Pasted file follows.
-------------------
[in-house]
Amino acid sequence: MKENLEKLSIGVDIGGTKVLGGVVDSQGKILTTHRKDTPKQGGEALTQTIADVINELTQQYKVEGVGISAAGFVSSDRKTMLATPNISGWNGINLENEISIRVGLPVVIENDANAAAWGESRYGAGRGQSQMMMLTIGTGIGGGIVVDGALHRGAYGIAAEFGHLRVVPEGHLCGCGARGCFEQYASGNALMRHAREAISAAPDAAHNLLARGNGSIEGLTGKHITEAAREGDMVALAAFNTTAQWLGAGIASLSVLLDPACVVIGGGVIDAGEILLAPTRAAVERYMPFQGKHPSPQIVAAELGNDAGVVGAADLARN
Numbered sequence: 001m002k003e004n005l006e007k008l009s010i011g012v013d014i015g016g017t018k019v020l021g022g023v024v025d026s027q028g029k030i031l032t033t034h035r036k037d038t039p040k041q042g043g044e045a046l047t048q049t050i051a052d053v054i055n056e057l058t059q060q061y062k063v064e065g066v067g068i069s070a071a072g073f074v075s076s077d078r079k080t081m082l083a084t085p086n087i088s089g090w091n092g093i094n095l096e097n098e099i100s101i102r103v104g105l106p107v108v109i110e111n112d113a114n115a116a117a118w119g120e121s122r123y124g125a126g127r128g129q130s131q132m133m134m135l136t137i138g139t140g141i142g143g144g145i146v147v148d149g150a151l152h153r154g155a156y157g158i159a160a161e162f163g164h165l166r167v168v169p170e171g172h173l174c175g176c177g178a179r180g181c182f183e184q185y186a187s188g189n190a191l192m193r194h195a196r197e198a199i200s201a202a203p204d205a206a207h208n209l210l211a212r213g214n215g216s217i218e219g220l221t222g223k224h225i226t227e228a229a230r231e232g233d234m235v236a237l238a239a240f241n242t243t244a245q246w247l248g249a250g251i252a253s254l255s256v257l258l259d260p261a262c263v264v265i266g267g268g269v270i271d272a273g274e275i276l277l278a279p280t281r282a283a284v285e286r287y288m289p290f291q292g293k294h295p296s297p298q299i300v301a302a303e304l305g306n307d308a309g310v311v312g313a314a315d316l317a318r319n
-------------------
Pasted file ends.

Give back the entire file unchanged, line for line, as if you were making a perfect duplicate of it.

[in-house]
Amino acid sequence: MKENLEKLSIGVDIGGTKVLGGVVDSQGKILTTHRKDTPKQGGEALTQTIADVINELTQQYKVEGVGISAAGFVSSDRKTMLATPNISGWNGINLENEISIRVGLPVVIENDANAAAWGESRYGAGRGQSQMMMLTIGTGIGGGIVVDGALHRGAYGIAAEFGHLRVVPEGHLCGCGARGCFEQYASGNALMRHAREAISAAPDAAHNLLARGNGSIEGLTGKHITEAAREGDMVALAAFNTTAQWLGAGIASLSVLLDPACVVIGGGVIDAGEILLAPTRAAVERYMPFQGKHPSPQIVAAELGNDAGVVGAADLARN
Numbered sequence: 001m002k003e004n005l006e007k008l009s010i011g012v013d014i015g016g017t018k019v020l021g022g023v024v025d026s027q028g029k030i031l032t033t034h035r036k037d038t039p040k041q042g043g044e045a046l047t048q049t050i051a052d053v054i055n056e057l058t059q060q061y062k063v064e065g066v067g068i069s070a071a072g073f074v075s076s077d078r079k080t081m082l083a084t085p086n087i088s089g090w091n092g093i094n095l096e097n098e099i100s101i102r103v104g105l106p107v108v109i110e111n112d113a114n115a116a117a118w119g120e121s122r123y124g125a126g127r128g129q130s131q132m133m134m135l136t137i138g139t140g141i142g143g144g145i146v147v148d149g150a151l152h153r154g155a156y157g158i159a160a161e162f163g164h165l166r167v168v169p170e171g172h173l174c175g176c177g178a179r180g181c182f183e184q185y186a187s188g189n190a191l192m193r194h195a196r197e198a199i200s201a202a203p204d205a206a207h208n209l210l211a212r213g214n215g216s217i218e219g220l221t222g223k224h225i226t227e228a229a230r231e232g233d234m235v236a237l238a239a240f241n242t243t244a245q246w247l248g249a250g251i252a253s254l255s256v257l258l259d260p261a262c263v264v265i266g267g268g269v270i271d272a273g274e275i276l277l278a279p280t281r282a283a284v285e286r287y288m289p290f291q292g293k294h295p296s297p298q299i300v301a302a303e304l305g306n307d308a309g310v311v312g313a314a315d316l317a318r319n